Jonah Goldberg

"Demography is destiny."

After Barack Obama's election in 2008, the phrase was on the lips of progressive prognosticators everywhere. A permanent alignment had arrived. The growing ranks of Latinos, the reliably liberal voting patterns of blacks, the Republican Party's longstanding problem with single women, plus the fact that surveys found young people -- aka millennials -- to be the most liberal generation in decades all proved that the aging, white GOP was destined for near-eternal rump status. In a Time magazine cover story featuring Obama as a Photoshopped FDR, Peter Beinart wrote that the "coalition that carried Obama to victory is every bit as sturdy as America's last two dominant political coalitions: the ones that elected Franklin Roosevelt and Ronald Reagan."

Democratic strategist Simon Rosenberg eulogized Republicans: "Their coalition no longer works in the changing demography of the day, and is dangerously old; their Southern strategy ... has become a relic of the past; their tech and media tools have not kept up with the times; their ideas have become spent and discredited. ... They are an aging and frayed bunch, living off the fumes of a day and politics gone by."

The New Republic's John Judis penned an essay, "America the Liberal," proclaiming that Obama's "election is the culmination of a Democratic realignment that began in the 1990s, was delayed by September 11, and resumed with the 2006 election. This realignment is predicated on a change in political demography and geography. Groups that had been disproportionately Republican have become disproportionately Democratic, and red states like Virginia have turned blue. Underlying these changes has been a shift in the nation's 'fundamentals' -- in the structure of society and industry, and in the way Americans think of their families, jobs and government."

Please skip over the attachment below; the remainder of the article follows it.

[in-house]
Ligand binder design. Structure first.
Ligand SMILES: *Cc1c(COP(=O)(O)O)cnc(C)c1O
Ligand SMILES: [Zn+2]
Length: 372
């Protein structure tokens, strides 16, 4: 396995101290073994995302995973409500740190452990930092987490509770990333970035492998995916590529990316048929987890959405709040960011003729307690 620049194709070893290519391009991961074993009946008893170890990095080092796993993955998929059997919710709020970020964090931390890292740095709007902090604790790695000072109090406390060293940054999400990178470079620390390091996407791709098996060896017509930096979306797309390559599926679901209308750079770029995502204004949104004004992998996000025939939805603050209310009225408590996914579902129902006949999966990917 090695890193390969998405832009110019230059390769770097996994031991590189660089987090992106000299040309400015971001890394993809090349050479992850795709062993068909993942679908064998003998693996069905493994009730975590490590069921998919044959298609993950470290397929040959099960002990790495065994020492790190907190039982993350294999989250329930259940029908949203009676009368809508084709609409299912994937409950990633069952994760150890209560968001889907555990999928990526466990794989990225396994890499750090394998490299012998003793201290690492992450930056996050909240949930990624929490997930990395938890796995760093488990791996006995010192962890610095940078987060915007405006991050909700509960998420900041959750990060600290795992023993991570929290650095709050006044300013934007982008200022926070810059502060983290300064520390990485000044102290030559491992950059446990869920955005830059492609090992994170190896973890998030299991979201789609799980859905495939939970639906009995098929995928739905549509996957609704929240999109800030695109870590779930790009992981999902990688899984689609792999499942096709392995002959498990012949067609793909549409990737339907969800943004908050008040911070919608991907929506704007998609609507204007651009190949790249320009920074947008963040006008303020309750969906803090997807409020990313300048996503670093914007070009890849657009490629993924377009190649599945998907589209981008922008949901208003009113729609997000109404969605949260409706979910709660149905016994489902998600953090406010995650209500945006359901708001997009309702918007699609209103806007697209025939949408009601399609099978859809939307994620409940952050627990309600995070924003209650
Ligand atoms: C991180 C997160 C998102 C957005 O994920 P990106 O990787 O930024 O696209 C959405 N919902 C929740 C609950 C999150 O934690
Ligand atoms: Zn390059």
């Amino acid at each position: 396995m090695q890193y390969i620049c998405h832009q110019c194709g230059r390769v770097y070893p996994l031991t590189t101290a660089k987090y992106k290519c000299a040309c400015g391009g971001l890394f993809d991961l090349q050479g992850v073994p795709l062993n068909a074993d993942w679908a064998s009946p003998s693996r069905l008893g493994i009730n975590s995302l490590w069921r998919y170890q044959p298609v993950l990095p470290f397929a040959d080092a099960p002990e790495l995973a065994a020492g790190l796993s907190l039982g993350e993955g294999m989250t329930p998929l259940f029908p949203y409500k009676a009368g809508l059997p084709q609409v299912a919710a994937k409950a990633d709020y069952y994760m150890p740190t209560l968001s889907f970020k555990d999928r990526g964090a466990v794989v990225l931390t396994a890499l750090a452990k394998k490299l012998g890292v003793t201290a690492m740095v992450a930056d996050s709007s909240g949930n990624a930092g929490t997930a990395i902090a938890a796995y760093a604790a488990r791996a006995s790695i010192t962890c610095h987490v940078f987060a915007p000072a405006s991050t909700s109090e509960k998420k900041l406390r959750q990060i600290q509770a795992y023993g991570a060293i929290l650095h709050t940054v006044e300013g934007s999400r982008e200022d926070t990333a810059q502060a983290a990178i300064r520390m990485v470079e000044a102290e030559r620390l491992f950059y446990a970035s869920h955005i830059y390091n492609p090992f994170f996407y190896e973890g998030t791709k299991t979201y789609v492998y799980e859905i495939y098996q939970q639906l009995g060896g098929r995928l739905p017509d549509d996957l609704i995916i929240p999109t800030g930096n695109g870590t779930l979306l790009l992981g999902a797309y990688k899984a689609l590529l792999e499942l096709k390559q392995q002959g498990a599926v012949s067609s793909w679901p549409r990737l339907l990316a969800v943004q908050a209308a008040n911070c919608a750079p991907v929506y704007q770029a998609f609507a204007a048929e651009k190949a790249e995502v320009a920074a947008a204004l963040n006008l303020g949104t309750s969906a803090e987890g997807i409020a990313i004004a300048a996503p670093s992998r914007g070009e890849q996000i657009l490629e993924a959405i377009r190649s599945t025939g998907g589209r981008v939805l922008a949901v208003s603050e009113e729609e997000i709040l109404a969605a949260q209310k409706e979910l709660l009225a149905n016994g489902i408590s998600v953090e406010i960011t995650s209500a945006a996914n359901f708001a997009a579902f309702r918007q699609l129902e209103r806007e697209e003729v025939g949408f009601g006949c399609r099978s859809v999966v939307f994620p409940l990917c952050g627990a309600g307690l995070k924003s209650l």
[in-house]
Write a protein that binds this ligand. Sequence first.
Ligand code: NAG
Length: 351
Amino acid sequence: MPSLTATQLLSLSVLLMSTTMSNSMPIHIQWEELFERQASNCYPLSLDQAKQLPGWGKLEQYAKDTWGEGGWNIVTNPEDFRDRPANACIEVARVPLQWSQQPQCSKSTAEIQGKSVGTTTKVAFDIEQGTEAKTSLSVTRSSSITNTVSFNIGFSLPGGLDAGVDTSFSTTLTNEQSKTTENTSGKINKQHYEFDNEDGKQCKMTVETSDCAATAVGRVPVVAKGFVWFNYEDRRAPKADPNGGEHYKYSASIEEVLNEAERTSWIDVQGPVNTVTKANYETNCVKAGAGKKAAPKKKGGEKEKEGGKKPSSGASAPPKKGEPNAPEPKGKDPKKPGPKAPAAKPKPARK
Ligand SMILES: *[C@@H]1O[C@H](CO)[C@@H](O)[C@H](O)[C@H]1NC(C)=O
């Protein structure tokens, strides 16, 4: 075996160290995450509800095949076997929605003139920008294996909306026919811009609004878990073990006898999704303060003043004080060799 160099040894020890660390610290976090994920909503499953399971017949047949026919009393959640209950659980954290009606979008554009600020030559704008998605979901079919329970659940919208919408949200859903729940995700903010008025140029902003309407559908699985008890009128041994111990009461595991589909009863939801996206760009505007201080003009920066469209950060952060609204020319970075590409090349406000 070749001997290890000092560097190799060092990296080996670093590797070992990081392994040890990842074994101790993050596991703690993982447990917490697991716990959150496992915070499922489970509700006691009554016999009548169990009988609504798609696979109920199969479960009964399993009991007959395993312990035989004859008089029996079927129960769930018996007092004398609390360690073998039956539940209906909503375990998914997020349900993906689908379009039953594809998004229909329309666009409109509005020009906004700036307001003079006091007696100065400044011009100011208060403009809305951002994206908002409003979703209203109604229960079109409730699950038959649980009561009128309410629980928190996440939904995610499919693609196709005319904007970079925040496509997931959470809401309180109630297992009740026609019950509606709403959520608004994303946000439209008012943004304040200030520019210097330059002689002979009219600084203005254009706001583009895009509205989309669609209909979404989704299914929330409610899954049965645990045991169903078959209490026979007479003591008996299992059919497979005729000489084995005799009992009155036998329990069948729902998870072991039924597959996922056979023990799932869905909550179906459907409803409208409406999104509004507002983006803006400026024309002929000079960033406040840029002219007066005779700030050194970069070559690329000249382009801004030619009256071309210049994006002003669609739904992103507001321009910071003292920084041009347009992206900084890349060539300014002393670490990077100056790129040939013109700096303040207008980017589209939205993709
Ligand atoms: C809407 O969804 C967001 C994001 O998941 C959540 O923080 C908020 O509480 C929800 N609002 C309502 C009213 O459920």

In fairness, most of these analyses offered the caveat that Obama could blow this golden opportunity. The problem is that most of the prognosticators advised that Obama and House Speaker Nancy Pelosi do exactly what they did: cram a hard progressive agenda down the voters' throats.

And look at them now. Forget the fact that indispensable independents have almost completely abandoned Obama and his party. Disregard GOP victories not only in Judis' "blue" Virginia but in Massachusetts and New Jersey. That's old news. Also never mind that, according to an NBC News/Wall Street Journal poll Monday, Pelosi has a favorability rating of 8 percent among independents.

Jonah Goldberg

Jonah Goldberg is editor-at-large of National Review Online,and the author of the book The Tyranny of Clichés. You can reach him via Twitter @JonahNRO.
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